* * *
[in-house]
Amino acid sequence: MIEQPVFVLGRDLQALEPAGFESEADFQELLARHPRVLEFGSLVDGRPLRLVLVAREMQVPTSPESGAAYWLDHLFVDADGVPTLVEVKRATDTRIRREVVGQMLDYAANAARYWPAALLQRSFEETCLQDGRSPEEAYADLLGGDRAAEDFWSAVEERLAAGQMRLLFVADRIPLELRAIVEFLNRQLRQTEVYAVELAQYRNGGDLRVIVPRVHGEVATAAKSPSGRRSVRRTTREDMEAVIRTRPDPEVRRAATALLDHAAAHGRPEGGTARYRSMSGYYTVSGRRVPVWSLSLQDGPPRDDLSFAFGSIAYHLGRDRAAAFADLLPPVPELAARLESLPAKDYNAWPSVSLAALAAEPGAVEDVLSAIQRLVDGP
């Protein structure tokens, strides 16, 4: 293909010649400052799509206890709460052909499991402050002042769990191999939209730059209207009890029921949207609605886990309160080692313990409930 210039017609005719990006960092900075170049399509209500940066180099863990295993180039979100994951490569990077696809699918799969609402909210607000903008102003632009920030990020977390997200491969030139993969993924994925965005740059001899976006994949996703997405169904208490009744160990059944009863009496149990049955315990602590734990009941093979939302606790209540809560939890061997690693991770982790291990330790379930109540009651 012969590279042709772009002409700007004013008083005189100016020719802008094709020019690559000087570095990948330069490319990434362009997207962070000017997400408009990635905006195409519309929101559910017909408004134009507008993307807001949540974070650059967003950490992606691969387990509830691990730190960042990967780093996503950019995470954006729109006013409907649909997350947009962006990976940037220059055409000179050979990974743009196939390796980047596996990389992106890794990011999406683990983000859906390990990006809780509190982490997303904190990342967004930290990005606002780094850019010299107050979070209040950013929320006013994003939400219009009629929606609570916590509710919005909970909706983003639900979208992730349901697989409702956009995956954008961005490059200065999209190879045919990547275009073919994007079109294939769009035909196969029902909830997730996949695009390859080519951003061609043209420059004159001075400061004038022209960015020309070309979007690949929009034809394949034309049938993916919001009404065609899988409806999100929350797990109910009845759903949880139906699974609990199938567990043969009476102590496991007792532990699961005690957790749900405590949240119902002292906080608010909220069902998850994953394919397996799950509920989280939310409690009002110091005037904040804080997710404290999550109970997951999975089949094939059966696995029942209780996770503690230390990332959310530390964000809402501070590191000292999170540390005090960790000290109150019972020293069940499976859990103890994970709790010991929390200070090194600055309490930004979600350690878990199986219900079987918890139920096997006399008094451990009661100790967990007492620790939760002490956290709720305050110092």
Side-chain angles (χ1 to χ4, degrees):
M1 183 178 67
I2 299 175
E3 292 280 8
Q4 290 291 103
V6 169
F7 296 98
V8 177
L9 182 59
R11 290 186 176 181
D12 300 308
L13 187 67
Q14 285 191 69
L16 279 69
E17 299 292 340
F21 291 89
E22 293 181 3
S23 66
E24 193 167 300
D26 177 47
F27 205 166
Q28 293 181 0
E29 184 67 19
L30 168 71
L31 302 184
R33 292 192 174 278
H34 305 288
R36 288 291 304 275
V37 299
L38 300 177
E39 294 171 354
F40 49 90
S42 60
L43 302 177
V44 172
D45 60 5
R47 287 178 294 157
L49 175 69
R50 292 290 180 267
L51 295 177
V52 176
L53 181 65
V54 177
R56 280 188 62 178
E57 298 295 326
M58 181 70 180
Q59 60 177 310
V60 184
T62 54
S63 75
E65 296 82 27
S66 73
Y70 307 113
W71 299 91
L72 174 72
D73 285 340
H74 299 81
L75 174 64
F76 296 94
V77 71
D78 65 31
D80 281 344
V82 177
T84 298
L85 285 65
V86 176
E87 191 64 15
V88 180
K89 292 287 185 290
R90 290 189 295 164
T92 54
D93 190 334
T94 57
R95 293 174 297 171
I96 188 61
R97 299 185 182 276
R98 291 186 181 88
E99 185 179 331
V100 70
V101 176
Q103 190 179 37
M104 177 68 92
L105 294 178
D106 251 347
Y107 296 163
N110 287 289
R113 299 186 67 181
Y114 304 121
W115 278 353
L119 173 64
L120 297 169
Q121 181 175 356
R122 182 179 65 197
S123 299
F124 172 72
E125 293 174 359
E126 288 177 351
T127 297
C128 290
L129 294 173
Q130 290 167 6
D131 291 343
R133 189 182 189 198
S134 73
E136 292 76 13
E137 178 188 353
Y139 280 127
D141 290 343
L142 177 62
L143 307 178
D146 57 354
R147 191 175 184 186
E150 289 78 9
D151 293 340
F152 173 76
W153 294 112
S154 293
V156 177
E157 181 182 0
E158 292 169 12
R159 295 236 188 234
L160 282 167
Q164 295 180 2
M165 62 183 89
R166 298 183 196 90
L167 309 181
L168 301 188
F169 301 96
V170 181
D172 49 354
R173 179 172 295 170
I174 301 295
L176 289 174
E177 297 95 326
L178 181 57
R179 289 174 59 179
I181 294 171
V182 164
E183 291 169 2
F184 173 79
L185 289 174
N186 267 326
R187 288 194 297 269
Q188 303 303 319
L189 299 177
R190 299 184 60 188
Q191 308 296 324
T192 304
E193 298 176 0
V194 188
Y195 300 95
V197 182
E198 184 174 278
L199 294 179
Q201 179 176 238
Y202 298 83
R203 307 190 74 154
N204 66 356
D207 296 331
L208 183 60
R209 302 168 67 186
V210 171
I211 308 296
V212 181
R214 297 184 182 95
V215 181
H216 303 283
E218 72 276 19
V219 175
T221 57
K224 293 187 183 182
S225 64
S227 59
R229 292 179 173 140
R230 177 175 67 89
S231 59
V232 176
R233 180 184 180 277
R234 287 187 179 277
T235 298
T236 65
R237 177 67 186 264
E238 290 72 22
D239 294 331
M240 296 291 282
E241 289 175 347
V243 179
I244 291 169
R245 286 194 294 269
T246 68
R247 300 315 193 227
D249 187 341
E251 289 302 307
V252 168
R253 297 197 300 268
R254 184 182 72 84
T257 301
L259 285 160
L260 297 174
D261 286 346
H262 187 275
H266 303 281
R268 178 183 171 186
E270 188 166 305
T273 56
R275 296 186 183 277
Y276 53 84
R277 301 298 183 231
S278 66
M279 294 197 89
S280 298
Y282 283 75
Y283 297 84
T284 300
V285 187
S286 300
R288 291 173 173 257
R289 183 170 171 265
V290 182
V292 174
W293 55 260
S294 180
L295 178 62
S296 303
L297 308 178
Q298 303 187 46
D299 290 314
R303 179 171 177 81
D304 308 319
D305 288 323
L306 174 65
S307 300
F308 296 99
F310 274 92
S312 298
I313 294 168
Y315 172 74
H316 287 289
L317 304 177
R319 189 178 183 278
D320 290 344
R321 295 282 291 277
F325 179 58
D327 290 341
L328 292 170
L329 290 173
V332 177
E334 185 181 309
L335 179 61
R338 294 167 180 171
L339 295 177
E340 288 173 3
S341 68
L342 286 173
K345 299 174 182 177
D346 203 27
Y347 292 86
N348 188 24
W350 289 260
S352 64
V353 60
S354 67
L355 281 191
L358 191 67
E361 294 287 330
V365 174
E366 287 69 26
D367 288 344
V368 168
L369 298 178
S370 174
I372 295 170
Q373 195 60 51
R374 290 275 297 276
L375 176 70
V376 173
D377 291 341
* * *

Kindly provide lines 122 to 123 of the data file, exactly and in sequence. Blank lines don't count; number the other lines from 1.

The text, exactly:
E157 181 182 0
E158 292 169 12